Yes. But it's not the manufacturers we have to worry about. It's the hackers. And the reality is in tests where regular cars have been hacked with drivers behind the wheel, the driver is usually powerless to do anything. That's the real concern with autonomous vehicles. And to that end, I'd put my trust in Apple, which is why you don't put backdoors into a system that has to be secure.
    The reality is that no car has ever been hacked. That is, the only cars that have been hacked have been owned by the researchers doing the hacking. No other car has ever been hacked. The researchers have had to get into the electronics physically to hack it. In one of the two cases, they needed a laptop connected to the diagnostic port when the car was in use in order to control it. This is another situation where people are being frightened by something that hasn't happened in reality, and is very unlikely to happen.
    sflocal said:
    They can simply choose to do it outside of California (like New York?) where for now, they're not regulating that part, and if the kinks are worked out and deemed safe, I see no reason why California would need to keep that law.

    I think it's inevitable that driverless cars will be the norm.  I think California is just thinking that these cars will run amok and start running over pedestrians.  Surely, the self-drive folks have implemented safeguards to prevent such a thing?
    There have been a lot of problems with these cars. Google has software engineers riding in every car. When odd situations come up, and I'll name a couple, they can get out of trouble right away, and even do some on the fly reprogramming.

    A problem was a guy standing on a corner wearing a t-shirt saying STOP. The various sensors in the car couldn't distinguish whether this was a real stop sign or not, and refused to go.
     
    Another problem was with another guy on a bicycle at a corner. As many bikers do, he was moving back and forth a bit on his bike waiting for the light to change. The car had the right of way, but just moved forward an inch when the bike moved backwards, and stopped when it moved forwards. The car went nowhere.

    There have been many problems like these two. They didn't result in accidents, but they did result in the cars going nowhere, and holding up traffic.

    So, if your neighbor pisses you off, you can stand at the corner of his house with a "Detour" shirt and have all incoming cars park in his back yard. The future of pranking looks bright indeed :D
  • Reply 13 of 29
    pmzpmz Posts: 3,433member
    It truly amazes how out of touch the blogosphere is with reality, when it comes to this topic.

    idiotic statements like this one:

    Itjdw said:
     We need to eliminate silly driver's licenses.  

    ...are just an example of how people that follow articles like this are completely on another planet from the rest of the world, where driverless cars are total fantasy, not happening in this lifetime, and would not be welcomed by 90% of people that drive.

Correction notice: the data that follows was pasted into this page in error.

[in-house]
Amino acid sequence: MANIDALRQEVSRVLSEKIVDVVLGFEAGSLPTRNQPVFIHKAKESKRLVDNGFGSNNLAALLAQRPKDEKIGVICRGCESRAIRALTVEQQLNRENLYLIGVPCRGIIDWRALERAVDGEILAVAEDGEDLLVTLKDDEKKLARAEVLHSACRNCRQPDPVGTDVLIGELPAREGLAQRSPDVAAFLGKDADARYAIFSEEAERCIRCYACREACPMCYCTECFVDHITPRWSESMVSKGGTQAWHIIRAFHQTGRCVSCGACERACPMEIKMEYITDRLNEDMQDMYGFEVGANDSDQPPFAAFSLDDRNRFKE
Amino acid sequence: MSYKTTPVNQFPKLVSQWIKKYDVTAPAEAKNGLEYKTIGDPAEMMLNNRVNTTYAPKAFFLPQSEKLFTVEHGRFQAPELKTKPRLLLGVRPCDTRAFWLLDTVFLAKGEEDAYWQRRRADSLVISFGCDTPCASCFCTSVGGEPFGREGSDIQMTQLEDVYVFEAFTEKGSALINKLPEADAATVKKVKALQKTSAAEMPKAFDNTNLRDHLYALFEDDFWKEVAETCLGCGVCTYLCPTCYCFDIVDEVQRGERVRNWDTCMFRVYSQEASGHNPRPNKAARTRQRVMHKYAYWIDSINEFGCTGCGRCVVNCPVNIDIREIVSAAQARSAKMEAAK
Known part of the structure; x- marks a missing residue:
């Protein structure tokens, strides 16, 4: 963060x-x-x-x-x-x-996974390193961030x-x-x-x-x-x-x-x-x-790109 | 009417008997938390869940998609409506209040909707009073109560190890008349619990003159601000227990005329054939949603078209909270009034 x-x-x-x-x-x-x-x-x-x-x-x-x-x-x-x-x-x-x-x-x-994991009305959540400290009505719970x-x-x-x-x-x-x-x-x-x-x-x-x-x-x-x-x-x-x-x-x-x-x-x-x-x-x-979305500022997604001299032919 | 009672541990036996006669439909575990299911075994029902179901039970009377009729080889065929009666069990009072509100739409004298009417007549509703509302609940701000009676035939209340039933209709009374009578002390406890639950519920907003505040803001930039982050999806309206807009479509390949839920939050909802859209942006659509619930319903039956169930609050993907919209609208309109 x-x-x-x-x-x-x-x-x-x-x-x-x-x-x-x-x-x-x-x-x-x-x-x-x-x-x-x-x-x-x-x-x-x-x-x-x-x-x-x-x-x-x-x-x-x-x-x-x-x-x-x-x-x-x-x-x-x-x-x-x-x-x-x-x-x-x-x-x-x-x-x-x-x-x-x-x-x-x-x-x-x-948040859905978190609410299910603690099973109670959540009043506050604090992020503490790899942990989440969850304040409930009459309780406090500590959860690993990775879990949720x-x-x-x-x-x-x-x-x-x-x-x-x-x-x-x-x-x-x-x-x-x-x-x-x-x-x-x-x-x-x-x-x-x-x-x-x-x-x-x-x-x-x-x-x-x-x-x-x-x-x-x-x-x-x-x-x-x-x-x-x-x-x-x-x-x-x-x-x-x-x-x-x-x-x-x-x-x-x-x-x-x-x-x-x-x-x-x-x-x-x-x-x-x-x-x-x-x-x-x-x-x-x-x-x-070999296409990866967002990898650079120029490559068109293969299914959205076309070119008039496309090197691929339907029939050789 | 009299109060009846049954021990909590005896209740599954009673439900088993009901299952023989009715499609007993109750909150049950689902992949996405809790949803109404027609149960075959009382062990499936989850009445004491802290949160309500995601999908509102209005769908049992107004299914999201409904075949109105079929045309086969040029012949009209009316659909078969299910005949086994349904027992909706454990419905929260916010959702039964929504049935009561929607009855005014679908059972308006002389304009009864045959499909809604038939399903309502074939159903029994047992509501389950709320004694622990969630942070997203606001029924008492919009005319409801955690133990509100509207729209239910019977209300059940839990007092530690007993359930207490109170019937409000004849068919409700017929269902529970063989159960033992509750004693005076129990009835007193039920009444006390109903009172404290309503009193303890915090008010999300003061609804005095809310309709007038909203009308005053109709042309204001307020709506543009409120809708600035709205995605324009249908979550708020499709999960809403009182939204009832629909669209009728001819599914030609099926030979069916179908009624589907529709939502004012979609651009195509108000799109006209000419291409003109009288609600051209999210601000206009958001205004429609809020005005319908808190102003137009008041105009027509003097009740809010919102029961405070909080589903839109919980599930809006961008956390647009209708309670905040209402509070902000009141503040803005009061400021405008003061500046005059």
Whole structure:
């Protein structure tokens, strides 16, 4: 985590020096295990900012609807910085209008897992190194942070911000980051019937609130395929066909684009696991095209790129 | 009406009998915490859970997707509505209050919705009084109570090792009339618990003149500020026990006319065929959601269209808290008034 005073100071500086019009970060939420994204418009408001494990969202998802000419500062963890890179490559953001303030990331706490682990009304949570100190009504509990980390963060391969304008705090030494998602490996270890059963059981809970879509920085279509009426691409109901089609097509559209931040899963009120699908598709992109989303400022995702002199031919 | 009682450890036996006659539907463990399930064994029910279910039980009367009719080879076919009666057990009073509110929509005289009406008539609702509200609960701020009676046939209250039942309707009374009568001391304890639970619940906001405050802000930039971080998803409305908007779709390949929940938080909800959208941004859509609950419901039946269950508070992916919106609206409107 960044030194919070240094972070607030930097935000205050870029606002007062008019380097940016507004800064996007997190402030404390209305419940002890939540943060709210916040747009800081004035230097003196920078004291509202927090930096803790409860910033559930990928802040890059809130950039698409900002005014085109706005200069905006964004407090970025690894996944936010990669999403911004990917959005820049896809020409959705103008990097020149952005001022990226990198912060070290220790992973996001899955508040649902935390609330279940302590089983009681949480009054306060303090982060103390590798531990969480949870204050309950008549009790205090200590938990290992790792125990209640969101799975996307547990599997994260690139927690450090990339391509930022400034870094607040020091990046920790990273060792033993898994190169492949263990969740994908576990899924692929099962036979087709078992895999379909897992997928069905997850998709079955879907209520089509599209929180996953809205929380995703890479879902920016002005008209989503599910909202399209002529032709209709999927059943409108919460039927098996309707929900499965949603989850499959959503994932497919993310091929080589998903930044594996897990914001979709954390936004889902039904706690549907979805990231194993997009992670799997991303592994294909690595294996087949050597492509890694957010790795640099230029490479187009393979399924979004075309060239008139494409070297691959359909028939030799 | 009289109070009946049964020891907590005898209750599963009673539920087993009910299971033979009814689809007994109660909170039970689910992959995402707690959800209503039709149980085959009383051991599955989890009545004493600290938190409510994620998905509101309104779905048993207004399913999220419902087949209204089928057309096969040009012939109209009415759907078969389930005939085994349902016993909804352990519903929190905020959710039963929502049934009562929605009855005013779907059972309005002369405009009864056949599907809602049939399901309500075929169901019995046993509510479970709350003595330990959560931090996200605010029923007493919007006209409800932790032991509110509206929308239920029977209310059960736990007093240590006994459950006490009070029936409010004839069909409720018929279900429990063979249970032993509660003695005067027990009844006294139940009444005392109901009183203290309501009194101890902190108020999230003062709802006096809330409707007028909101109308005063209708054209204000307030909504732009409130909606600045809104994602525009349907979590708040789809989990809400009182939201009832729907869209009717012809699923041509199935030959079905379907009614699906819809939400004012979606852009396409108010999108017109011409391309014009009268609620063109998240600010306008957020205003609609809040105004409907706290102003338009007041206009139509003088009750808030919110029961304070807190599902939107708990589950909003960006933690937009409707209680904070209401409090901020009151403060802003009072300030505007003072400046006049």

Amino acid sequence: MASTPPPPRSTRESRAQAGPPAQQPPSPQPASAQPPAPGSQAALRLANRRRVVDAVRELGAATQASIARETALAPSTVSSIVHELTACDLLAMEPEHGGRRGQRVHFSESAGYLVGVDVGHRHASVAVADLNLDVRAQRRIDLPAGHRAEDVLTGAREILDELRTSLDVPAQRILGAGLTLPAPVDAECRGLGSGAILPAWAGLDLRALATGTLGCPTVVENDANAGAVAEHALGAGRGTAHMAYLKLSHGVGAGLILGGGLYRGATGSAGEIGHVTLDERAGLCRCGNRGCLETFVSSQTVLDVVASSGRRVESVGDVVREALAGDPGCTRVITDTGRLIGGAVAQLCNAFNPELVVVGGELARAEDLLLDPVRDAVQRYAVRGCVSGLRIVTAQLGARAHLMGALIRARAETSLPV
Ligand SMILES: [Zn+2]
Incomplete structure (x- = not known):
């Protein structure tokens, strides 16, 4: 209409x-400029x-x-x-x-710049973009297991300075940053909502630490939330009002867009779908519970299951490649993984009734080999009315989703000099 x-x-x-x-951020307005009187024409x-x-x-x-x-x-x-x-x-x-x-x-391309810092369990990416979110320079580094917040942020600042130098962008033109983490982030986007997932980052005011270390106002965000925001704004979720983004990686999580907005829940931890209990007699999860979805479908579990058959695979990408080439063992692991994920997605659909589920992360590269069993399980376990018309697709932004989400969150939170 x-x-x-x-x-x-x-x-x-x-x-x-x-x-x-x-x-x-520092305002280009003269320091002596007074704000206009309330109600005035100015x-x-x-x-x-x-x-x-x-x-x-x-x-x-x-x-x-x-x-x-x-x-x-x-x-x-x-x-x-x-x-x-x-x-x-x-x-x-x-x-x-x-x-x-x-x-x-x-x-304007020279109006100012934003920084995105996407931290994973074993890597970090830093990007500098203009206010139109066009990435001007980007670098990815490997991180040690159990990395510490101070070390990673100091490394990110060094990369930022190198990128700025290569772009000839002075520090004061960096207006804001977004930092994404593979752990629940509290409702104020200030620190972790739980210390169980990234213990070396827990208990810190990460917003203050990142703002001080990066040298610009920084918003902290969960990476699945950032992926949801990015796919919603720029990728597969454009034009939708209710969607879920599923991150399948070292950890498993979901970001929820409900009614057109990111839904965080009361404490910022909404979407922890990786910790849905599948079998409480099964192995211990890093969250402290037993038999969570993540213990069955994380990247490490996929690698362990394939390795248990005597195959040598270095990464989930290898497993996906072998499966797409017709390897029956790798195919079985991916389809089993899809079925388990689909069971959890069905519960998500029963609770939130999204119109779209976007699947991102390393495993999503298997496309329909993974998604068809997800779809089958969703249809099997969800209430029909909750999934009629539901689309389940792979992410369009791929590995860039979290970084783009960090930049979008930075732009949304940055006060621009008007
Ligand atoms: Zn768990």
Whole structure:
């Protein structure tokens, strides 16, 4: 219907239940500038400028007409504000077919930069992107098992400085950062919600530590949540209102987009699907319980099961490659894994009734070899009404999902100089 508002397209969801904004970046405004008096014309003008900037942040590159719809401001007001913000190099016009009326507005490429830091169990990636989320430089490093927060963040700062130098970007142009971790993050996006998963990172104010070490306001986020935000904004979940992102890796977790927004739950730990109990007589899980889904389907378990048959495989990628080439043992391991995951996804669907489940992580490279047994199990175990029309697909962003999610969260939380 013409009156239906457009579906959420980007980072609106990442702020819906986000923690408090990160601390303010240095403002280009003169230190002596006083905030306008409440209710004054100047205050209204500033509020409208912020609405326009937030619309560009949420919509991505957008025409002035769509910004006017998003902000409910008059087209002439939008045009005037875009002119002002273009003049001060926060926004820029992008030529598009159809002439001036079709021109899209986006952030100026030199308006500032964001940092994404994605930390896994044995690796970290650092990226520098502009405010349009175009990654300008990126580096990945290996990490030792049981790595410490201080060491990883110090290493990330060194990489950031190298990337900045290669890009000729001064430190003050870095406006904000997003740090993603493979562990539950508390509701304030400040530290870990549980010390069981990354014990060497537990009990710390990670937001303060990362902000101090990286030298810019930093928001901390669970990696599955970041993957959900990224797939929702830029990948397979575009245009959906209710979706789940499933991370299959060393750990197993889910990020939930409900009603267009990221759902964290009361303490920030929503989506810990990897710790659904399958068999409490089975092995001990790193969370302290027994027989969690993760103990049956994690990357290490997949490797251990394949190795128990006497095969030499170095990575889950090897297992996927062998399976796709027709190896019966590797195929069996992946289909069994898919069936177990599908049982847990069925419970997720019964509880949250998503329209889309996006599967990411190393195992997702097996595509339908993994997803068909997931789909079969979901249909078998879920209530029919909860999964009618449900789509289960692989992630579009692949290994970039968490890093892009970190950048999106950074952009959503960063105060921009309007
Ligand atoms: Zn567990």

It is worth working on from a technical perspective, but for the real world it is DOA for at least this next generation.


  • Reply 14 of 29
    melgross said:
    mac_128 said:
    sflocal said:
    I think it's inevitable that driverless cars will be the norm.  I think California is just thinking that these cars will run amok and start running over pedestrians.  Surely, the self-drive folks have implemented safeguards to prevent such a thing?
    Yes. But it's not the manufacturers we have to worry about. It's the hackers. And the reality is in tests where regular cars have been hacked with drivers behind the wheel, the driver is usually powerless to do anything. That's the real concern with autonomous vehicles. And to that end, I'd put my trust in Apple, which is why you don't put backdoors into a system that has to be secure.
    The reality is that no car has ever been hacked. That is, the only cars that have been hacked have been owned by the researchers doing the hacking. No other car has ever been hacked. The researchers have had to get into the electronics physically to hack it. In one of the two cases, they needed a laptop connected to the diagnostic port when the car was in use in order to control it. This is another situation where people are being frightened by something that hasn't happened in reality, and is very unlikely to happen.

    Of course cars have been hacked.  This is way beyond research as well.  In the article below Jeeps were hacked with NO PHYSICAL access via the airwaves.  Doors have been unlocked and this has been used in actual cases of theft. 

    http://www.bloomberg.com/news/articles/2015-07-31/hacked-jeep-cherokee-exposes-weak-underbelly-of-high-tech-cars

  • Reply 15 of 29
    melgrossmelgross Posts: 33,035member
    beltsbear said:
    melgross said:
    mac_128 said:
    sflocal said:
    I think it's inevitable that driverless cars will be the norm.  I think California is just thinking that these cars will run amok and start running over pedestrians.  Surely, the self-drive folks have implemented safeguards to prevent such a thing?